Losing My Religion 

Stripping out the rad by the roadside (having scrounged tools from passing drivers), the problem was all too obvious – in the UK it would be call the AA for a tow to the nearest garage, here there is no option but sort it. Luckily every good driver just happens to have a tube of FixIt in the tool box…

Well, it’s inevitable that if you travel by sept places, that you’ll break down at some point or another. In this case a loose bolt from cooling fan/water pump gouged a circle of holes in radiator, leading to total loss of coolant. Fearing the worse, I sat in the shade of a thorn bush whilst the driver got to work.

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Stripping out the rad by the roadside (having scrounged tools from passing drivers), the problem was all too obvious – in the UK it would be call the AA for a tow to the nearest garage, here there is no option but sort it. Luckily every good driver just happens to have a tube of FixIt in the tool box… a judicious application of araldite & sand, and the holes were fixed and we were under some 1 1/2 hours later. Apart from a pit stop after some kms to check all was well, we continued and arrivied into Touba some 2 hours late. Hats off to driver, all in a days work!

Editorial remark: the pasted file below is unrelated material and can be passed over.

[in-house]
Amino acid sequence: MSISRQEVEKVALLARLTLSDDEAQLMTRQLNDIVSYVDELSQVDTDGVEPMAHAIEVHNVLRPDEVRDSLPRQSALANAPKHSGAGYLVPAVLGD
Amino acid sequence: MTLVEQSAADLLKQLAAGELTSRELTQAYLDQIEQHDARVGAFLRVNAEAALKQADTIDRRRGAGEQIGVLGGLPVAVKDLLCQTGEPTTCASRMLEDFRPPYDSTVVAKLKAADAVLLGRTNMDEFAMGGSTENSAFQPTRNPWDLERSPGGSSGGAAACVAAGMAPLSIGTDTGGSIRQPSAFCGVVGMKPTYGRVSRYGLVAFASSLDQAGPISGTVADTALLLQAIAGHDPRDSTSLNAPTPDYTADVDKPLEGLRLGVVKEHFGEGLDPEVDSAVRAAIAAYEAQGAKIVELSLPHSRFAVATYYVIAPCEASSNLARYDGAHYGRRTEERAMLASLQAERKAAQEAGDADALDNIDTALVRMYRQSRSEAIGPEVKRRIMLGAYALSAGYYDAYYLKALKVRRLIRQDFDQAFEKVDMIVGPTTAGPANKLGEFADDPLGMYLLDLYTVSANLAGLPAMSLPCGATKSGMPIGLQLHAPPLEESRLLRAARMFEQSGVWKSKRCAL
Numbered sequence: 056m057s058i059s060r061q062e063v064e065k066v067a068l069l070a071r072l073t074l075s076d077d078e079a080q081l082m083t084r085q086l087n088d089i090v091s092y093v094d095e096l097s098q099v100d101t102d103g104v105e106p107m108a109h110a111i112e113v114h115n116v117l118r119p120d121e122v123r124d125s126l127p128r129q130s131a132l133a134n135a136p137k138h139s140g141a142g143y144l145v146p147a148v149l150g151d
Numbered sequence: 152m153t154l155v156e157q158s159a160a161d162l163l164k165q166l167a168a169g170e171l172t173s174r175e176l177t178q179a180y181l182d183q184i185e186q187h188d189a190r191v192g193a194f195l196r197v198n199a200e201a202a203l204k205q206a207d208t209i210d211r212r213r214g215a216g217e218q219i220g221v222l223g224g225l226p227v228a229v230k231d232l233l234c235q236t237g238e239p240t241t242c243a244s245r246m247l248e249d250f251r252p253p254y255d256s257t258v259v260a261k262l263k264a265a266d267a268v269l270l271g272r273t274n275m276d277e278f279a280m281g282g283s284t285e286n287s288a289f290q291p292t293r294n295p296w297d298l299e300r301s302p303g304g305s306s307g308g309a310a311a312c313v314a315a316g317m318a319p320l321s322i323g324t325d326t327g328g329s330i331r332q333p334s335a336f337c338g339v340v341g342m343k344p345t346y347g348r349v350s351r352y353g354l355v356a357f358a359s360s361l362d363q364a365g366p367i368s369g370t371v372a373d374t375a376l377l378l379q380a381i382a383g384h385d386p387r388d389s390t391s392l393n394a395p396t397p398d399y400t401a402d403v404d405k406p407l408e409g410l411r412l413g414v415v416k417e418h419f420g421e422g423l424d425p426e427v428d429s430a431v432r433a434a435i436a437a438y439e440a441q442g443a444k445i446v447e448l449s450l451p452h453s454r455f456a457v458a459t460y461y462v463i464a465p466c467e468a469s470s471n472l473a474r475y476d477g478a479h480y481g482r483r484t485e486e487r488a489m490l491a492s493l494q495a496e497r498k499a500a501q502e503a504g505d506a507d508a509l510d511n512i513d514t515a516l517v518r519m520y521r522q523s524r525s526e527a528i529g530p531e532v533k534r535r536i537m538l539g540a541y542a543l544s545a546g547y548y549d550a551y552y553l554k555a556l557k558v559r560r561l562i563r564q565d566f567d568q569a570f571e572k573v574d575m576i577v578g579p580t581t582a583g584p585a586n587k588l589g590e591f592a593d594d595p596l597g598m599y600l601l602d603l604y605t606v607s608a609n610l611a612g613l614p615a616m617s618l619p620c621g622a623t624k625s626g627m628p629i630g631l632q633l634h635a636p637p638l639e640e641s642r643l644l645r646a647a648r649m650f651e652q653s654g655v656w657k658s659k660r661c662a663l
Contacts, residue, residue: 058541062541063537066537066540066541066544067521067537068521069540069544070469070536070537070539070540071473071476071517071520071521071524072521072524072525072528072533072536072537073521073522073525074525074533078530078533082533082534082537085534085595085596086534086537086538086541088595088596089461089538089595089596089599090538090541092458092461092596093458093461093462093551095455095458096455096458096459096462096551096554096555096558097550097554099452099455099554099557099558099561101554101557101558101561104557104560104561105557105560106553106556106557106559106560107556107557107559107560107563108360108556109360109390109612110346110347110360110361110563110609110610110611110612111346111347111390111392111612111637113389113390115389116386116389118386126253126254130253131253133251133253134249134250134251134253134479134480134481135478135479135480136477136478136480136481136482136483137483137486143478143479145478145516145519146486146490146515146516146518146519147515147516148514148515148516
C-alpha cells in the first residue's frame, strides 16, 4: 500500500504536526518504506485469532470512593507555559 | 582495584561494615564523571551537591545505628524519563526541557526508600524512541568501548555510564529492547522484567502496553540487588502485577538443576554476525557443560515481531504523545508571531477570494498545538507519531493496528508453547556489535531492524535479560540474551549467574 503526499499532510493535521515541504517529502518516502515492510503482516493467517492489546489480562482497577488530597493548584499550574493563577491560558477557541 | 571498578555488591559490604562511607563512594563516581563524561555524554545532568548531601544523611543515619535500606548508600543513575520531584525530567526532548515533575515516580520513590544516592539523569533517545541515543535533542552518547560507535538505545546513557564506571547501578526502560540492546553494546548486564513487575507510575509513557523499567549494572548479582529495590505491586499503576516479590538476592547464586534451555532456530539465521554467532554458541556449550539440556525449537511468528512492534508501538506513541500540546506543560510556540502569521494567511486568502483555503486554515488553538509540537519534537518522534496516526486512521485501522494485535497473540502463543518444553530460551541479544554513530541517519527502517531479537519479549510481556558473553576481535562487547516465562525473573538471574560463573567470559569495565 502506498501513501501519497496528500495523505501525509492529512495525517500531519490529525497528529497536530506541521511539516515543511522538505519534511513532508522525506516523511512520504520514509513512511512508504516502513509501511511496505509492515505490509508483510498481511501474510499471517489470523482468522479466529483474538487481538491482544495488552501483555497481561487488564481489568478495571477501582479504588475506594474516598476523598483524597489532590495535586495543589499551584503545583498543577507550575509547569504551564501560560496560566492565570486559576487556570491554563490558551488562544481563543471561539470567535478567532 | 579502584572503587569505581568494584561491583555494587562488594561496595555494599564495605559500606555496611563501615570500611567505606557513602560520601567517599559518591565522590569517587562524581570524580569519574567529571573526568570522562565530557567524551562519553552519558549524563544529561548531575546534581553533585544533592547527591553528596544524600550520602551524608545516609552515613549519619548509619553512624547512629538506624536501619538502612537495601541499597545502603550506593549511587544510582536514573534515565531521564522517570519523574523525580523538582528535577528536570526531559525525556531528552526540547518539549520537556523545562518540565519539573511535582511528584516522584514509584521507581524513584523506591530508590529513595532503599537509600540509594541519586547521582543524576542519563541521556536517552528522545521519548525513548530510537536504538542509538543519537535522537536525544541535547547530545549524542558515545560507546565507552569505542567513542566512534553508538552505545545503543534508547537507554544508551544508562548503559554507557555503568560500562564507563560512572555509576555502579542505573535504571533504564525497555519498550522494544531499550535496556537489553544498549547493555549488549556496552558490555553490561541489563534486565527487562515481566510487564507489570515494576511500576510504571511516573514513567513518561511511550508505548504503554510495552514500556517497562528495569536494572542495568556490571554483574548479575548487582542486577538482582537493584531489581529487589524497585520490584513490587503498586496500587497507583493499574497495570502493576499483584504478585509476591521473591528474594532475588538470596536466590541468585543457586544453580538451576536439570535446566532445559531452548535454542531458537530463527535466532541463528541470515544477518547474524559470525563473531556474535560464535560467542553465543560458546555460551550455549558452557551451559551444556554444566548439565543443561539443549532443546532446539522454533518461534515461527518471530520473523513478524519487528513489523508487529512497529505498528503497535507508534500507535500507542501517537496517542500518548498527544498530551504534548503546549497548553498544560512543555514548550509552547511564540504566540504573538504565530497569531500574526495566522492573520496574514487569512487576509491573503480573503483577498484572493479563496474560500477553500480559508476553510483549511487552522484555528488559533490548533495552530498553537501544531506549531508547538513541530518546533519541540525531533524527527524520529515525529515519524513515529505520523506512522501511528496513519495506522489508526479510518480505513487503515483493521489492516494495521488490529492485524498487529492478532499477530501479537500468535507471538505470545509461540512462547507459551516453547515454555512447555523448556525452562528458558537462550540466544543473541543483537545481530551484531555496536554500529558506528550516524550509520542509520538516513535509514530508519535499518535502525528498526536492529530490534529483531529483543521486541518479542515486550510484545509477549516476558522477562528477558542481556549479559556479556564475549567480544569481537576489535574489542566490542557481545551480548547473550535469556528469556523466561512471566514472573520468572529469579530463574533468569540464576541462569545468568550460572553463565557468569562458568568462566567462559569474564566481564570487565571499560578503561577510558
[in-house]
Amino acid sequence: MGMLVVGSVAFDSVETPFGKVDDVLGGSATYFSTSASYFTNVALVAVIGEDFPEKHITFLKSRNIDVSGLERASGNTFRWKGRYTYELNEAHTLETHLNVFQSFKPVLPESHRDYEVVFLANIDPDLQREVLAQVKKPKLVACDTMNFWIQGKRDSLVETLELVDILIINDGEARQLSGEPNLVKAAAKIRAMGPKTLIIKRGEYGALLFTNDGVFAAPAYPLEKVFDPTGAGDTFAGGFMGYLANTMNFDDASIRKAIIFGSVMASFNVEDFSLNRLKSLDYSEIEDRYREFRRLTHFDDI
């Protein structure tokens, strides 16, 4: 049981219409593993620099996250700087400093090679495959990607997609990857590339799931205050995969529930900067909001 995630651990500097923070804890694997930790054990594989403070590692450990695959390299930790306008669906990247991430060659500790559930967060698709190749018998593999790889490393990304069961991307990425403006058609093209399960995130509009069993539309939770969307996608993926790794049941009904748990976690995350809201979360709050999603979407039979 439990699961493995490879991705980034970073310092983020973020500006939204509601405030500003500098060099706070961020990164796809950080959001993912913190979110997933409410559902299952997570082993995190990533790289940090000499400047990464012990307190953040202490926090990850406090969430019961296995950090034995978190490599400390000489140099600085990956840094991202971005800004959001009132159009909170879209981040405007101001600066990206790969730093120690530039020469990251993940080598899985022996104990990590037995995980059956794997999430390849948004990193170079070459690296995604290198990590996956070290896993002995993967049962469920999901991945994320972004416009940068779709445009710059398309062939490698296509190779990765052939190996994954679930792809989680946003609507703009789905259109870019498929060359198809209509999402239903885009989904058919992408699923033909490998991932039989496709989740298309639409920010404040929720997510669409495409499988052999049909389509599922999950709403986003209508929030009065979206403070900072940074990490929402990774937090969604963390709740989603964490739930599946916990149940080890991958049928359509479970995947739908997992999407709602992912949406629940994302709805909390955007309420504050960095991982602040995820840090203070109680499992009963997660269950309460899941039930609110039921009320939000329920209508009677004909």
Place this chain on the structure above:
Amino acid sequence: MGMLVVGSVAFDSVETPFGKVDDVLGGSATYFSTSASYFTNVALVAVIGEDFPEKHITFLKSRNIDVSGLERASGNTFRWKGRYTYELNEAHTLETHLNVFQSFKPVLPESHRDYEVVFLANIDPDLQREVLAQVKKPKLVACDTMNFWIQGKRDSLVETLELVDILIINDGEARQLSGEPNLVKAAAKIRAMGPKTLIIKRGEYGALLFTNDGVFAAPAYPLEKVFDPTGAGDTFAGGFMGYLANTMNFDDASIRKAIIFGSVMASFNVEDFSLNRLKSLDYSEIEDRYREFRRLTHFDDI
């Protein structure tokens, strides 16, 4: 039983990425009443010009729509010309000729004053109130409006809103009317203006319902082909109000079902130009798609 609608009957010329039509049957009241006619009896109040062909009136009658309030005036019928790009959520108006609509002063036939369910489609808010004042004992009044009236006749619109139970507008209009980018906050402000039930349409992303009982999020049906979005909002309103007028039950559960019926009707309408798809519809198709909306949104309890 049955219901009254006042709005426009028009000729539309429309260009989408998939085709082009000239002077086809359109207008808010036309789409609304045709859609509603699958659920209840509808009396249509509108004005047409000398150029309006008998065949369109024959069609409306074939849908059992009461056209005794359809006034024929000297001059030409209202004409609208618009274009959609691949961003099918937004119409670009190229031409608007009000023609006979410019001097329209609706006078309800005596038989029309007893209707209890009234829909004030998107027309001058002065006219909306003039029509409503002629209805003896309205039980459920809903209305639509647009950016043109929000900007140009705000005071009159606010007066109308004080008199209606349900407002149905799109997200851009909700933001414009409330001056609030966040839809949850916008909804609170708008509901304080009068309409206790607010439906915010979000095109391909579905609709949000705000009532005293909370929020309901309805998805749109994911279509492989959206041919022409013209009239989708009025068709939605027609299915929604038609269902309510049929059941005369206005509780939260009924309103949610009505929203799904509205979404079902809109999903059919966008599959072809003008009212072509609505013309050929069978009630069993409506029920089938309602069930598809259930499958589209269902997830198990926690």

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The Mosque at Touba, is home to the Mouride order of the Sufi sect which was founded in 1887 by Cheikh Ahmadu Bamba Mbacke. The building of the Mosque was started in 1931, completing in 1967. It now comprises seven minarets which have been added over the years. The tallest minaret is know as Lamp Fall in honour of the founder Bamba – “Lamp Fall”being the name commonly seen adorning the back of cars and lorry’s.

Incidentally, they cannot exceed 7 minarets as this would be to compete with Mecca!

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Unfortunately at present, it is in the middle of a 5 year restoration project, which is replacing a lot of the marble and plaster work which was crumbling. Certainly the sample restoration work is exquisite and the finished Mosque will be something to see.

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Whilst not being able to enter the Mosque itself, I was free to wander around the exterior courtyards; luckily I had the services of the librarian Marabou Diabaye to take me around and show me the works. Part of the restoration includes replacing the white marble in the forecourts with travantine, as the marble gets too hot to walk on (needing to be bare footed to enter the Mosque).

Ignoring any question of religion (those who know me know my views), the Mosque is certainly a credit to the Muslim community, and no expense spared on the travantine and marble from Italy, lamps from Morrocco and Turkey, as well as the skills of the local tradesmen…

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